The NY post took its shot at senate leader Malcolm Smith today, wondering whether the new head of the chamber was up to the daunting task in this perilous economic times: "Just when you thought Albany dysfunction couldn't get worse, Senate Minority Leader Malcolm Smith steps up and proves you wrong. Only this time, New York happens to be on the brink of fiscal disaster."
The paper's concern is with Smith's ability to stand up to the pressure-sure to come from all of those interests worried about losing state support. The Post does, however, give him some leeway to recover his balance: "Smith - and his Democratic colleagues - are playing with fire. Amid an anemic economy, the state is staring down the barrel of a $14 billion budget gap. It's time for the shenanigans to end - and if Smith hopes to be a serious player, he needs to be the one to end them. If he can't, well, that's instructive, too. After all, how - as Senate head - will he stand up to all the special pleaders looking to be spared the budget axe if he can't control his own members? On the other hand, if Smith does have what it takes, now's the time to prove it."
This issue of leadership could be even more significant, if Jacob Gershman's analysis of Governor Paterson's shortcomings is in any way accurate: "But the closer one looks, the more cracks one sees in his leadership and in the capabilities of the ever-shifting staff under him. Every week seems to bring fresh news of miscues and mishaps."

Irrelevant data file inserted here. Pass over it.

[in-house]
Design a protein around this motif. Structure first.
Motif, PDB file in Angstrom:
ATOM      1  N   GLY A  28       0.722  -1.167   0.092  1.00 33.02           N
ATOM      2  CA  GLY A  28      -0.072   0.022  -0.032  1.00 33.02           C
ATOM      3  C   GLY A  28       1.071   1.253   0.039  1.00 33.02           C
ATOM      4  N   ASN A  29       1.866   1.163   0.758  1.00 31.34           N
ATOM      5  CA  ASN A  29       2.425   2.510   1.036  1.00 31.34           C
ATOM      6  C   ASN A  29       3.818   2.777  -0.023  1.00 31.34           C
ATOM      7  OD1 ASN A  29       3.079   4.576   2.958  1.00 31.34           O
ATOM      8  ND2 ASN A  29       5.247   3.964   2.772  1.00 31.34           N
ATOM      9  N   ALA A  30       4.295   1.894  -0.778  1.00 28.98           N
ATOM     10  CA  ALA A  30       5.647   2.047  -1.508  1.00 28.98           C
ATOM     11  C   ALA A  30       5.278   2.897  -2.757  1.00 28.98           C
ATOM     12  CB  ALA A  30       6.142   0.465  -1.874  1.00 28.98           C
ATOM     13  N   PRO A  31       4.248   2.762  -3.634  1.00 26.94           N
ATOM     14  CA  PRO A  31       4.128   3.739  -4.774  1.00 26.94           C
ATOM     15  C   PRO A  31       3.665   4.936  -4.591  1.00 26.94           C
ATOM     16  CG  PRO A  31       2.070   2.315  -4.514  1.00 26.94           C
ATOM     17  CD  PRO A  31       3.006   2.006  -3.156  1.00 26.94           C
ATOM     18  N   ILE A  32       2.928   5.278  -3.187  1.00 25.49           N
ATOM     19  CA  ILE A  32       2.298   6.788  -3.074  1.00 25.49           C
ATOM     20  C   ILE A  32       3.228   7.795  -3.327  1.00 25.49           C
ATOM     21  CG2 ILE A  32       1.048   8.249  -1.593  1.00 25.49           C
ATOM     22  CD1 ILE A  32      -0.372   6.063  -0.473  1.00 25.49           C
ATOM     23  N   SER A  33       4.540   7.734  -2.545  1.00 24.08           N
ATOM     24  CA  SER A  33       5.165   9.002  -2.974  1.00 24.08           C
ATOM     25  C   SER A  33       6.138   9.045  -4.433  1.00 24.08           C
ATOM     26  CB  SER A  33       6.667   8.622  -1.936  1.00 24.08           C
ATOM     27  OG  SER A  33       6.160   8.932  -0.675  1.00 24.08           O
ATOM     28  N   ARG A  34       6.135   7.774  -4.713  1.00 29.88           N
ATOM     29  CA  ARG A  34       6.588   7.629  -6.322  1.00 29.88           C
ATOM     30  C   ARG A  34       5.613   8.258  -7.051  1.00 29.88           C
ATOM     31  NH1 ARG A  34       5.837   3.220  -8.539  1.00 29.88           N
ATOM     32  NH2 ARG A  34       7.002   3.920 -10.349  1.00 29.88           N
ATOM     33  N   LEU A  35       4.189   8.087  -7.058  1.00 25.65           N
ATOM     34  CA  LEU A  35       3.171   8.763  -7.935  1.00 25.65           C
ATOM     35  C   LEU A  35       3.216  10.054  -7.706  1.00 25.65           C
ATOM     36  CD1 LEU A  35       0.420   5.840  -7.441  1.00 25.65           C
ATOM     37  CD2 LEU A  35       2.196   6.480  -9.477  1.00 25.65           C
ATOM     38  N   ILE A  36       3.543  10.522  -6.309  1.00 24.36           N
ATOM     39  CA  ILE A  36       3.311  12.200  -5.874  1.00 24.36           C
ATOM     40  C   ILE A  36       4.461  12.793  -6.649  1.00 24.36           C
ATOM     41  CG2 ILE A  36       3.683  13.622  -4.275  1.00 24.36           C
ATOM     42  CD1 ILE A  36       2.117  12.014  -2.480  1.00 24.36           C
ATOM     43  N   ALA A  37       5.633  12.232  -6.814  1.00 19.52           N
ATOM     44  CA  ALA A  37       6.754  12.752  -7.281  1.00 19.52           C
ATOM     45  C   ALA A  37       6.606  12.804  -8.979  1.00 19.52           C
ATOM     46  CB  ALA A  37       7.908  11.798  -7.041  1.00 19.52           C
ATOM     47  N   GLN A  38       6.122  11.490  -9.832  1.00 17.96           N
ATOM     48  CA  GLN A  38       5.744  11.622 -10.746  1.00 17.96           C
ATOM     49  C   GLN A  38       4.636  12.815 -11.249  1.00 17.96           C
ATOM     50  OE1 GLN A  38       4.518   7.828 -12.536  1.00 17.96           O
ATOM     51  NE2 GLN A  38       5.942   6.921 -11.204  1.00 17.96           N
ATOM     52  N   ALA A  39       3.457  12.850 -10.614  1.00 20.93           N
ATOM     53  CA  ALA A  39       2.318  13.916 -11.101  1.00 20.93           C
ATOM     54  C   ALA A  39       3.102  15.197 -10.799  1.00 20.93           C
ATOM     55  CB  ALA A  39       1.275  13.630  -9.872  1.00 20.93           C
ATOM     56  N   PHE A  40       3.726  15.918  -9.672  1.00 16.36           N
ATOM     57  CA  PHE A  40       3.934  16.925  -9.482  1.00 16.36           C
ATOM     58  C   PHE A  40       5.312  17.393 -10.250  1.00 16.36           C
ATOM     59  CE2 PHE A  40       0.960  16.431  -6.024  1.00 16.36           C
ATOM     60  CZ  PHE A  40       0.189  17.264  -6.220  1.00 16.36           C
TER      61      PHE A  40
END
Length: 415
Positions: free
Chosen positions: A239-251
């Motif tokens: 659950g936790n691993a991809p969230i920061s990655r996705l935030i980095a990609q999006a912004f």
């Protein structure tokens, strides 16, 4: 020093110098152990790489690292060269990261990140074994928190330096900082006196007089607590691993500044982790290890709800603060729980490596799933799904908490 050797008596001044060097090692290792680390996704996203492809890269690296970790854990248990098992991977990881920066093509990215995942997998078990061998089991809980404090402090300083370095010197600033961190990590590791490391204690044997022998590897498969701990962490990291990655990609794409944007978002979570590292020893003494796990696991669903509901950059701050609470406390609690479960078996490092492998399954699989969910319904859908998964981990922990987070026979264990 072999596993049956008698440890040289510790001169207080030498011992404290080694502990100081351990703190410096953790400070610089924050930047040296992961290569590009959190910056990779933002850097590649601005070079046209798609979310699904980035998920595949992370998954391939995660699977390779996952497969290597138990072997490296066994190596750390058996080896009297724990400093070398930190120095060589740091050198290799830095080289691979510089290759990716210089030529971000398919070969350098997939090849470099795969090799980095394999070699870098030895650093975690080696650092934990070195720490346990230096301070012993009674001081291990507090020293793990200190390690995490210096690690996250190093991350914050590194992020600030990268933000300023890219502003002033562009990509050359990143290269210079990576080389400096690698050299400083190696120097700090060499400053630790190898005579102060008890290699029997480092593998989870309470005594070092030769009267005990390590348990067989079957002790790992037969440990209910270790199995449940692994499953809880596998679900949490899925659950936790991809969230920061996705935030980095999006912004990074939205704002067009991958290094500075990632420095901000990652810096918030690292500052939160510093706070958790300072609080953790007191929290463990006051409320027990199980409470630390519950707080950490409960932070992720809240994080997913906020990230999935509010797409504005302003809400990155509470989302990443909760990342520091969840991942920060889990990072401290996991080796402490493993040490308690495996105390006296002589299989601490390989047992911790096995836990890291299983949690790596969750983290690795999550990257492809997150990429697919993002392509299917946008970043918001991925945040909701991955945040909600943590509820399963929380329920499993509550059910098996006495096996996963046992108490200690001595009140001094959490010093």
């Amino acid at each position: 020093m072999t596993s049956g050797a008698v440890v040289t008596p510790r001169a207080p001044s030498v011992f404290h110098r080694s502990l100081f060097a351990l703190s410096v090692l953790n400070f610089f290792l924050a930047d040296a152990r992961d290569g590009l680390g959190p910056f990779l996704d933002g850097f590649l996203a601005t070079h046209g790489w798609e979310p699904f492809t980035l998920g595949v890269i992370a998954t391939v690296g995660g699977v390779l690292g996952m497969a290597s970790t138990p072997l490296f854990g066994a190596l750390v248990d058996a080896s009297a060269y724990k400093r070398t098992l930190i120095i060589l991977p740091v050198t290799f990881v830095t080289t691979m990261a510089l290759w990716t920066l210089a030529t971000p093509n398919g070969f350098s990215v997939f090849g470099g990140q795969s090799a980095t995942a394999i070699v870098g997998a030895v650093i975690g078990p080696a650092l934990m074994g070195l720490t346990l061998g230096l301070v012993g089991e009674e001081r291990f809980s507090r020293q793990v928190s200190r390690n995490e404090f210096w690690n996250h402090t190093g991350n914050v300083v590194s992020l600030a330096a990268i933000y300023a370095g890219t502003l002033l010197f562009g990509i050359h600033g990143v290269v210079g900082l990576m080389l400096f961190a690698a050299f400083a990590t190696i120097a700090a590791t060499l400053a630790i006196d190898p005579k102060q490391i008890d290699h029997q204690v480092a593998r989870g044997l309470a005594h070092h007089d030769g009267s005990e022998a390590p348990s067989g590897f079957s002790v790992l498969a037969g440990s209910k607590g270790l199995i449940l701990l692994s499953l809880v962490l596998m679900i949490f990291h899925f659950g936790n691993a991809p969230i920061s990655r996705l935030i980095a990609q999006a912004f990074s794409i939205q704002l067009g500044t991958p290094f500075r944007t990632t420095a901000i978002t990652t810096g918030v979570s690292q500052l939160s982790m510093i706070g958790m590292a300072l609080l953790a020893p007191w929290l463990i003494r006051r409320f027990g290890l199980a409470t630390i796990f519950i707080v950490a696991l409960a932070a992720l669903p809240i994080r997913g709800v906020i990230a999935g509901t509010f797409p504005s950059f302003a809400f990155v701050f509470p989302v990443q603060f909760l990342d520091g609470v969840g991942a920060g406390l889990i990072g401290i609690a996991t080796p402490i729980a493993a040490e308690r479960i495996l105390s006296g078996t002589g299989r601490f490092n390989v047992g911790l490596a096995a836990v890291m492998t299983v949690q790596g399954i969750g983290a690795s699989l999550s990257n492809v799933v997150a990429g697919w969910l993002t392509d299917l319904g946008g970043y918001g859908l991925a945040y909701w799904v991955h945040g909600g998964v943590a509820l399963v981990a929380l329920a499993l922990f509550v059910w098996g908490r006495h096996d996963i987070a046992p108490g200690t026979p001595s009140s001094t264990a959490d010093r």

All of which magnifies the leadership vacuum in the senate-and raises the power stakes for the masterful maneuverings of Assembly Speaker Shelly Silver: "Already you can hear lawmakers sharpening their claws, as they prepare to shred Paterson's soon-to-be proposed spending cuts. If they learned anything from last month's special session, it's that they can walk over the governor with impunity. Interest groups, particularly health care and education groups, are also ready to pounce. Taking advantage of the chaos in the executive chamber, Assembly Speaker Sheldon Silver is likely to push for a larger and broader-based tax hike than the "millionaire's tax" he championed this year. He'll probably have some support in the Democratic Senate."
But perhaps not. It may turn out that the senate will provide a countervailing force to Silver's assembly-particularly with the more moderate Kruger at the helm of the senate finance committee. We can see Kruger forming, along with Smith, a more moderate centrist position on the state budget-particularly on taxes and government reform.
If this does happen, then the governor will have a powerful ally in his effort to steer the state in a more fiscally responsible direction; and tax payers will be spared the expected evisceration that the left wing of the Democratic Party so gleefully has in mind.